But most colleges are not taking full advantage of electronic applications, according to Academe Today. In many cases, information submitted on the Web must be retyped into traditional databases, or a technical expert must process the information into a usable format. Many colleges are now considering ways to link their networks and databases to the Internet so as to avoid revamping their systems, which is costly and could potentially violate confidentiality rules.

Some institutions, including Oregon State University, are relying on expensive software that translates data from the Web into a format that can be used on the office's computer system. Others, such as the University of Maryland, are developing "upload programs" that automatically integrate data from Web-based application forms into campus computer systems. In addition, companies that specialize in online college applications are helping institutions integrate their online applications into their existing systems. (Sources: U.S. News & World Report, 9/8/97; The Herald-Sun, 8/24/97; Academe Today, 9/12/97)

Higher Ed Dilemma: Rising Popularity vs. Rising Costs
Just as welfare, health care and business in America have had to change in order to adapt to modern times, so too does education, reports Karen Arenson in the August 31 edition of The New York Times. While the nation grapples with the challenge of allocating limited resources in these other areas, the same problem is now being applied toward higher education. And, as with previous debates of this kind, the decisions will be made not only by industry officials and lawmakers, but also by Americans themselves. Arenson says the debate boils down to whether today's college education is worth the price, and whether anyone who wants a college education deserves one, even if they cannot afford it.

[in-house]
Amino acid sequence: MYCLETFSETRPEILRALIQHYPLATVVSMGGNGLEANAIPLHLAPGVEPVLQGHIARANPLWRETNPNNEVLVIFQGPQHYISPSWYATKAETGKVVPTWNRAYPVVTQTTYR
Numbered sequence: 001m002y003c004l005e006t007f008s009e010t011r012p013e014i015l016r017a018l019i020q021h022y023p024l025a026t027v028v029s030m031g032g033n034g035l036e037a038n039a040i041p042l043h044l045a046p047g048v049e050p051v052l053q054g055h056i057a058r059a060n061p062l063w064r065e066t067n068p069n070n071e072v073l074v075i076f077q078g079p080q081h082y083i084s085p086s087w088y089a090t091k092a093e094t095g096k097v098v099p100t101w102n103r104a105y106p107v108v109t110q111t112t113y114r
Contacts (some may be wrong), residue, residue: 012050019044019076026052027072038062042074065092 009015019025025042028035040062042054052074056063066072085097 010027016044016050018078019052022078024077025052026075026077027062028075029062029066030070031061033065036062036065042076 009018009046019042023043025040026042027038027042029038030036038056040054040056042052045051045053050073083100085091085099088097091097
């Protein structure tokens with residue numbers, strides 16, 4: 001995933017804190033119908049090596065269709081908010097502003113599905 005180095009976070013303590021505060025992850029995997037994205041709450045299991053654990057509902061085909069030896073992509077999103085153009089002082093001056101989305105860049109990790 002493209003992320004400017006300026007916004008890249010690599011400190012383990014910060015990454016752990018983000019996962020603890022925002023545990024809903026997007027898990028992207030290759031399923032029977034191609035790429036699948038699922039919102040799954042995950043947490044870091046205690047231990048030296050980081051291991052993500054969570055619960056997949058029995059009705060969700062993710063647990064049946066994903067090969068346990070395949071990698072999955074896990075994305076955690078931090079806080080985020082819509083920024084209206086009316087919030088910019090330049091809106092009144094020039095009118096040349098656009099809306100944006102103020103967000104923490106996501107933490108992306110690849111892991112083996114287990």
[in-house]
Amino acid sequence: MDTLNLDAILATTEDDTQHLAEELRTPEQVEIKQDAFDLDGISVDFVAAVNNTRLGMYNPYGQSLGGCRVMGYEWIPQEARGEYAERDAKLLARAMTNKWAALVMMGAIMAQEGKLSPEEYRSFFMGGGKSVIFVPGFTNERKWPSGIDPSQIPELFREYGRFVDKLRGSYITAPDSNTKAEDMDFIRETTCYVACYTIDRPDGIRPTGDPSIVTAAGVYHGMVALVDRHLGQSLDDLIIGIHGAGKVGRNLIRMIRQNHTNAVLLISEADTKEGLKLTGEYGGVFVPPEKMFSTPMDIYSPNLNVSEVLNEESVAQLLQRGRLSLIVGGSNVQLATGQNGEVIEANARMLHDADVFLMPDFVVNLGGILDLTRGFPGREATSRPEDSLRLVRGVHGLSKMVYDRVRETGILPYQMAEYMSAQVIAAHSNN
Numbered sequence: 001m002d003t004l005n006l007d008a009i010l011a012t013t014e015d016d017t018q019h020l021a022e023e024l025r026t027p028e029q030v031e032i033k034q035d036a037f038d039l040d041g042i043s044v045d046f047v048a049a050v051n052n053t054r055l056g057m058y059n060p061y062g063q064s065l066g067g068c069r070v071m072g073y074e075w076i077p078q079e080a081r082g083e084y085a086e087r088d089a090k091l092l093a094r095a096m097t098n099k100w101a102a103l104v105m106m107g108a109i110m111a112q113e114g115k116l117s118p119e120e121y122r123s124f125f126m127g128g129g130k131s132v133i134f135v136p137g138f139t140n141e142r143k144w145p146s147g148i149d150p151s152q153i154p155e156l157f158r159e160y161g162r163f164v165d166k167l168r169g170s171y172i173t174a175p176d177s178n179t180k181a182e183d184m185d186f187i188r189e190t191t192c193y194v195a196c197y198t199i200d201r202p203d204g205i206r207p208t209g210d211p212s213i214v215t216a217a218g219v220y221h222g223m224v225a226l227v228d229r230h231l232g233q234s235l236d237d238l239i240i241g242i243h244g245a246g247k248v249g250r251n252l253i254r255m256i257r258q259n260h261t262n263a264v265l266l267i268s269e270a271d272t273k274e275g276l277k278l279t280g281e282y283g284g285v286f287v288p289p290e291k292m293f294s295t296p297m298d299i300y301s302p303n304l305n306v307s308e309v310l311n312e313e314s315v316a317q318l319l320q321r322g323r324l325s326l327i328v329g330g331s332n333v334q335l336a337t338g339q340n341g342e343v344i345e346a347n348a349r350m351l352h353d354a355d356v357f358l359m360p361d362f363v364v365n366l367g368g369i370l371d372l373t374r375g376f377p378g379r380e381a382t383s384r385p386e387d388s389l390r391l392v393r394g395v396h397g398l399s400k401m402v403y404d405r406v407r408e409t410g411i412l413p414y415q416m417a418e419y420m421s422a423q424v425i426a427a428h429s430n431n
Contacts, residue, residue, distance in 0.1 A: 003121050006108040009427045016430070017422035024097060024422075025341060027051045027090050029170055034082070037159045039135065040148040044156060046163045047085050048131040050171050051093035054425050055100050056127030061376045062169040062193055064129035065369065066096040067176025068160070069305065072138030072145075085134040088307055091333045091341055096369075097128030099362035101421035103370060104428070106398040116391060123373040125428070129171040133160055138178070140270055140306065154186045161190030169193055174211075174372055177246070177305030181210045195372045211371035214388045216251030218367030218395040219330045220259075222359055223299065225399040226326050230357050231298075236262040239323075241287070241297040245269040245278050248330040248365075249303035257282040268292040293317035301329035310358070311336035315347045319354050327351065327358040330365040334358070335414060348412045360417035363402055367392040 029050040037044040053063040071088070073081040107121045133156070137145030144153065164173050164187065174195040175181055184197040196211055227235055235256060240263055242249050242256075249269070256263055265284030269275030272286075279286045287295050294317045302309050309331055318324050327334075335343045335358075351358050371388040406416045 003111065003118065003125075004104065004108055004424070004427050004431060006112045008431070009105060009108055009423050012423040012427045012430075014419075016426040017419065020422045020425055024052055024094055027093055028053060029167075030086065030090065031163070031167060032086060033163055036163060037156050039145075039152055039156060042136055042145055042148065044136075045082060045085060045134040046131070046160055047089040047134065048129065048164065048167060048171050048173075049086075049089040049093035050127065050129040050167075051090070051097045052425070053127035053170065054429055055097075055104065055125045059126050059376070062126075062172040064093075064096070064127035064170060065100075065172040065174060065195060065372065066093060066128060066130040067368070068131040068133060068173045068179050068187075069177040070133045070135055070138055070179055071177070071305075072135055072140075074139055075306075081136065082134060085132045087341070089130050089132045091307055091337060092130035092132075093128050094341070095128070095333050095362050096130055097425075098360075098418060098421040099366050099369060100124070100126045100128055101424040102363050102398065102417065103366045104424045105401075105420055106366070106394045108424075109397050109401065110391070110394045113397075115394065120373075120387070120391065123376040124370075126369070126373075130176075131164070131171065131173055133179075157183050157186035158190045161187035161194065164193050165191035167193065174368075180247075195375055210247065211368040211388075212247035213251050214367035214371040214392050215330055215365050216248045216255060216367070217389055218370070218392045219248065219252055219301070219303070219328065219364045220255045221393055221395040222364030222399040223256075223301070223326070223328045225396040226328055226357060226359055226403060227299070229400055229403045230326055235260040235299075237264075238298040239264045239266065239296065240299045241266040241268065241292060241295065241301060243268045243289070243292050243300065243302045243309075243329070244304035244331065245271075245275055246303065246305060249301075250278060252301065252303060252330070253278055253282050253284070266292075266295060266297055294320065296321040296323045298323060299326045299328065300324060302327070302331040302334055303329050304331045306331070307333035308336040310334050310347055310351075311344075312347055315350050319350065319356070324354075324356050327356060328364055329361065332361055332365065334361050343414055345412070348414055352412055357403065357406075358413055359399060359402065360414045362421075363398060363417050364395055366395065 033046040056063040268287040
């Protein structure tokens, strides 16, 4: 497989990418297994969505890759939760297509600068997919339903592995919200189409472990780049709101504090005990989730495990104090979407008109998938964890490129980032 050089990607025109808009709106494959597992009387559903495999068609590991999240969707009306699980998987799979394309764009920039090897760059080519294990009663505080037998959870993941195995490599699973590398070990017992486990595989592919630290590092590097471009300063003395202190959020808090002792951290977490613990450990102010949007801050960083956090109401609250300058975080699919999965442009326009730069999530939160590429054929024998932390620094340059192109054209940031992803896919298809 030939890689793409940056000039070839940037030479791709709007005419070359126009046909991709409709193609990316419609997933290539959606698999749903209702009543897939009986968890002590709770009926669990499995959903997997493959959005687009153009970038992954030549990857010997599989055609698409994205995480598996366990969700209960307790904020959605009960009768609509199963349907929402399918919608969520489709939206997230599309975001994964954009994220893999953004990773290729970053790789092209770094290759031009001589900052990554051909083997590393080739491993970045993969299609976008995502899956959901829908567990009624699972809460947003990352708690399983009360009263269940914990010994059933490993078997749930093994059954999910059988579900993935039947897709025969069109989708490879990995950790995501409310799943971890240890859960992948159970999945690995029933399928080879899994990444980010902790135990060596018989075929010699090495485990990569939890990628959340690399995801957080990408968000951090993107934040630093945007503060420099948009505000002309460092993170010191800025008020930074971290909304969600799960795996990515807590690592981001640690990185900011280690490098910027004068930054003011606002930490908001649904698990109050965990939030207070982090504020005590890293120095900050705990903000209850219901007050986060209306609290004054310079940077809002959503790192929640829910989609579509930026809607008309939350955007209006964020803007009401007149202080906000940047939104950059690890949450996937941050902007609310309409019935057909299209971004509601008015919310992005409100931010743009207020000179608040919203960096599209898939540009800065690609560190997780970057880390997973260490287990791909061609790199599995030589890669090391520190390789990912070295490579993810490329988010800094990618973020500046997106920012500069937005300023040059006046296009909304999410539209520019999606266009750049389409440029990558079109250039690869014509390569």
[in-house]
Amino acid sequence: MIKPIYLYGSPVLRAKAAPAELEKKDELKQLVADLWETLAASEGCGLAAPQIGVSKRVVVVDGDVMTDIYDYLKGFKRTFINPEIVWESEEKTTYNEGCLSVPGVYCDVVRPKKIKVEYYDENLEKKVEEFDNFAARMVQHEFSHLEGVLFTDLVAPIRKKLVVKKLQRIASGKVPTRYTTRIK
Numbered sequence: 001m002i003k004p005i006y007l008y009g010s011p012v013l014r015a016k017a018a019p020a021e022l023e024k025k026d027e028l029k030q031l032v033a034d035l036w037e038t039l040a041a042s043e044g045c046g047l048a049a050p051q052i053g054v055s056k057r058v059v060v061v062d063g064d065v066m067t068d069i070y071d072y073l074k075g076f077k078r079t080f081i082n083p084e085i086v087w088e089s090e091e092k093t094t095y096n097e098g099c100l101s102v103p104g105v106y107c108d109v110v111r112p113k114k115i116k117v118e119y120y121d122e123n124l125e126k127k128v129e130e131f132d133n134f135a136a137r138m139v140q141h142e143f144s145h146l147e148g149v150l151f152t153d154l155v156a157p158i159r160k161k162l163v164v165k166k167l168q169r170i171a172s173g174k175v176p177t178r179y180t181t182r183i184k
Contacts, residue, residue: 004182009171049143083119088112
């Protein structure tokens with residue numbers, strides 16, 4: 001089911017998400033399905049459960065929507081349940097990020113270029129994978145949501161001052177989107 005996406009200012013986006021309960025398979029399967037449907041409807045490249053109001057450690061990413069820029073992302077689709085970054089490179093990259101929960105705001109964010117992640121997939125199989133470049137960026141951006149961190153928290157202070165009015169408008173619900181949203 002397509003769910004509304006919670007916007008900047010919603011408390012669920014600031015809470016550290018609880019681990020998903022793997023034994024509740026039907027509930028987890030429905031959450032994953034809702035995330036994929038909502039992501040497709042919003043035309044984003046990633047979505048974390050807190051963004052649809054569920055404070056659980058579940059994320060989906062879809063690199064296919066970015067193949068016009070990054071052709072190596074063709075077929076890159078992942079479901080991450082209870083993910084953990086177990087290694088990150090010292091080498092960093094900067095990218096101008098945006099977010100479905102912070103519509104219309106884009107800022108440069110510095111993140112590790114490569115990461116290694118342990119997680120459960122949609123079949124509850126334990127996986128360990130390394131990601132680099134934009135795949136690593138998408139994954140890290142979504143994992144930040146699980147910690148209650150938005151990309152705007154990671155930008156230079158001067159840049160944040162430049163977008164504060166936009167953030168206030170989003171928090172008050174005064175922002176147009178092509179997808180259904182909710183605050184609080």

Arenson reports that states are beginning to freeze higher education spending at a time when college enrollment is expected to rise by 2 million, reaching 16.4 million by 2006. Arthur Levine, president of Columbia Teachers College, told The Times that education's days as a growth industry are over, and that increases in higher education funding will be hard to come by. This marks a dramatic departure from the past 50 years, when higher education grew from a $2.4 billion industry to a $180 billion industry. But on the state level, higher education spending declined from 14 percent of state budgets in 1990 to 12.5 percent in 1994.

As college costs have risen, a growing number of Americans have begun to view higher education as a right for everyone rather than a privilege for a few. In a recent CBS News poll, 86 percent of respondents said they believed that everyone has a right to receive a college education, whether or not they can afford it. Americans disagree, however, on who should pay the bill. Forty-eight percent of respondents in the CBS poll said the federal government is responsible for insuring that everyone receives a college education, and 47 percent said the government need not bear this responsibility. (Source: The New York Times, 8/31/97)

Reprinted, with permission, from CASE Flash Points.